It was a scandal so big, it pushed an IT deal into the headlines of New York City's sexed-up tabloids: CityTime, a software system that was supposed to modernize the city's payroll administration, turned out to be riddled with fraud.
A $63 million contract with Science Applications International Corp. (SAIC) that began in 1998 and was to be completed by 2003 had ballooned to at least $700 million and remained unfinished. But that was, in a way, the good news. The bad news was that at least some of the millions had allegedly been embezzled by the very people the Bloomberg administration trusted to oversee the work. Eleven people and one subcontractor, TechnoDyne, have so far been charged in the case, and two have fled the country with millions in allegedly stolen cash. Preet Bharara, the U.S. Attorney for the Southern District of New York, called CityTime one of "the largest and most brazen frauds ever committed against the city of New York."
CityTime might be in the spotlight, but it's far from the only contracting deal to go sour during the Bloomberg administration. NYCAPS, another personnel information- tracking system, developed by the management company Accenture, has so far cost taxpayers $363 million (and is also incomplete), despite being initially budgeted for $66 million in 2002. The Emergency Communications Transformation Program (ECTP), a contract that started out as a $380 million deal with Hewlett-Packard to upgrade the city's 911 system, had by early 2011 mushroomed to $666 million without any discernible change in the scope of the project, according to Comptroller John Liu. A deal to give Snapple access to all city schools and many municipal buildings fell apart after it was learned that bidding for the deal was overseen by a consultant who favored the beverage-maker, with whom it had a long-standing relationship.
In the complex world of New York City politics, some might call this the cost of doing business—or rather, of having private companies involved in the public's business. Indeed, scandals involving the interplay of public money and private businesses aren't new. As far back as 1969, there was outrage when Mayor John Lindsay commissioned a traffic study by the management-consulting firm McKinsey & Co. and appointed two of its consultants to city positions as an apparent thank-you for polling the company did during his re-election campaign. In the mid-'80s, the exposure of a scam to sell nonexistent computers to the Parking Violations Bureau plunged the Koch administration into crisis.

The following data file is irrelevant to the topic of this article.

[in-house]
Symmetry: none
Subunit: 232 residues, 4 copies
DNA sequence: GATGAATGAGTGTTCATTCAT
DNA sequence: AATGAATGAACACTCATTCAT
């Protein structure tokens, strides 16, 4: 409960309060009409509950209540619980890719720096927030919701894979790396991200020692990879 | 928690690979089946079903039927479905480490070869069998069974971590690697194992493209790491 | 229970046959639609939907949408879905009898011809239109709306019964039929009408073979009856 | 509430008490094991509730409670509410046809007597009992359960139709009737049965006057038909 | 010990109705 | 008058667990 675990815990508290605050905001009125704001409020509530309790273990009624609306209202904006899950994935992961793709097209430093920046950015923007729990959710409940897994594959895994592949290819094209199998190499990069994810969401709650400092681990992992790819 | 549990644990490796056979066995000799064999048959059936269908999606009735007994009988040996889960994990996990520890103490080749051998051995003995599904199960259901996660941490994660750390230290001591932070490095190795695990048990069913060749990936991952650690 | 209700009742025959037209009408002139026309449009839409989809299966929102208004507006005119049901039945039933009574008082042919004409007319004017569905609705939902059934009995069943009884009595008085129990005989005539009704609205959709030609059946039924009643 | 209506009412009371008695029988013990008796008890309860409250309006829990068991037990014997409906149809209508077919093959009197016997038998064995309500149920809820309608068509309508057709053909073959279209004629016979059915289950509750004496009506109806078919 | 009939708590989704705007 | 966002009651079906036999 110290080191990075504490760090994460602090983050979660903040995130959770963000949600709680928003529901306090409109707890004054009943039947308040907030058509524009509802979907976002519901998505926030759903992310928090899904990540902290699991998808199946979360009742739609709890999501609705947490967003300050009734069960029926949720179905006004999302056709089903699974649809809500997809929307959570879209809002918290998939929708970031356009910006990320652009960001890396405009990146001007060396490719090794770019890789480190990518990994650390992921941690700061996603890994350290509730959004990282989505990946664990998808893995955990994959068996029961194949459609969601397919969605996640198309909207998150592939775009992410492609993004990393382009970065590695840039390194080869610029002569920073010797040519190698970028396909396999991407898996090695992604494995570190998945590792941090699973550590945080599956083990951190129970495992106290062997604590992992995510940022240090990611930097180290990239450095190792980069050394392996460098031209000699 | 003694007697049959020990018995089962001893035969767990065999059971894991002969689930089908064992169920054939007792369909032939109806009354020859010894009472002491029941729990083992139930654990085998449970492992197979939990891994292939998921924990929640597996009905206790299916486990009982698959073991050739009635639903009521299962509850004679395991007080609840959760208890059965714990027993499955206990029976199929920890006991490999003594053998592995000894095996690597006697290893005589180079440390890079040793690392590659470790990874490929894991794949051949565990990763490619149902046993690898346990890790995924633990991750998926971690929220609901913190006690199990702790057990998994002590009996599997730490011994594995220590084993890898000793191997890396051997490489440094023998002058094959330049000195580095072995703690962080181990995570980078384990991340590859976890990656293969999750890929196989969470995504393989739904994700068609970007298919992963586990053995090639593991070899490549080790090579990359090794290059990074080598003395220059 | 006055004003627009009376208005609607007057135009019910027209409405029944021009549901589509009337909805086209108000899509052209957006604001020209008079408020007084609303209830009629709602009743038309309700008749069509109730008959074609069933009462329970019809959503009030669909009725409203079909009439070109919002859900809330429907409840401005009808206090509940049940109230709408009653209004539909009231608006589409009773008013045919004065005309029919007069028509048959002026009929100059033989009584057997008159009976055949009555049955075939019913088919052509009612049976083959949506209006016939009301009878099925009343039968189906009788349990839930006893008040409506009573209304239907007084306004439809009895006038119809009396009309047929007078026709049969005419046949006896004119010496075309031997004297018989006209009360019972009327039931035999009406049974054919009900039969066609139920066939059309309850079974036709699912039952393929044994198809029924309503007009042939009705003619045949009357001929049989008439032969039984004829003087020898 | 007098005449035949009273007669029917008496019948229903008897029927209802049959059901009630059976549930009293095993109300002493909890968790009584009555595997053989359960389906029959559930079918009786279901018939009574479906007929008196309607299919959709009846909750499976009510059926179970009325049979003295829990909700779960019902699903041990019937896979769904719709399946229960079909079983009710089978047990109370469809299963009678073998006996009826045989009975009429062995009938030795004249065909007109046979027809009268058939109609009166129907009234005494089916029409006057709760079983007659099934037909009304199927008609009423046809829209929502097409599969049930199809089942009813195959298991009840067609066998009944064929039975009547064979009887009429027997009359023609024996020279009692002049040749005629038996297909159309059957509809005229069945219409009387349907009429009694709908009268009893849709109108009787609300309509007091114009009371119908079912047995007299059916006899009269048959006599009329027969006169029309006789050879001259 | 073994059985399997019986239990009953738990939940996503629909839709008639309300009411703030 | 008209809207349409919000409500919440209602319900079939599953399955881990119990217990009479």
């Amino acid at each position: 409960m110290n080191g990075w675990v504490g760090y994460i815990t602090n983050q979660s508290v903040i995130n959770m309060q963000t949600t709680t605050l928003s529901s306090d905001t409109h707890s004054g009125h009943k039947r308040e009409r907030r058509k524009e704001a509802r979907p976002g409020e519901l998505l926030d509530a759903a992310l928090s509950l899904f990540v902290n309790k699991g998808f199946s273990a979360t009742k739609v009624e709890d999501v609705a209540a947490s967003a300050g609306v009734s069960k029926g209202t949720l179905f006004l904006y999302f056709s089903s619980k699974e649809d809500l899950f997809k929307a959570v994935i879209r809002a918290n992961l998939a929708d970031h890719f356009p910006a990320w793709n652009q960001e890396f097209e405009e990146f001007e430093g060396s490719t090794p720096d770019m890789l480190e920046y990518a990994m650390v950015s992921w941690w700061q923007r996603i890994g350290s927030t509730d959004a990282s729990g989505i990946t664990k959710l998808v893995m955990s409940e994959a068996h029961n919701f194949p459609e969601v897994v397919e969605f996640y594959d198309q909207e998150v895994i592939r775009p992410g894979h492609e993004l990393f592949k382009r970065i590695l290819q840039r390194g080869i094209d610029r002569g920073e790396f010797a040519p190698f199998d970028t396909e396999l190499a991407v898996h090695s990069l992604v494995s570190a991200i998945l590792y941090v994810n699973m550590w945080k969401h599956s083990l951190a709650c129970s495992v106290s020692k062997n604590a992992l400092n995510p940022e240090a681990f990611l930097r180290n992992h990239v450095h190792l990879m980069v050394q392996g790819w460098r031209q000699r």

Today's scandals are different, however, because the role private companies play in New York's government has changed. From 1996, when the city began publishing a contracts budget, inflation-adjusted spending on outside work— everything from IT consultants to foster care agencies—has swelled from $5.7 billion to $10.5 billion, its share of the city budget growing by 33 percent. The contract budget this year is $3 billion more than it was when Mayor Bloomberg was first elected.
More important, under the current administration, there has been a steady shift in the way private companies are being used by the city. It's no longer just about putting the delivery of individual government services—say, fixing roads or providing school food—in the hands of private companies. These days, tech firms are being hired to perform huge and hugely complex IT projects that not only cost an enormous sum but raise issues around how dependent the city might be come on these high-tech wizards: A January report commissioned by the city comptroller found that the CityTime contractor had done such a poor job training city employees on how to run the system that, despite outrage over the project's cost to date, the city might have to keep paying the contractor to run the thing once it's finally done.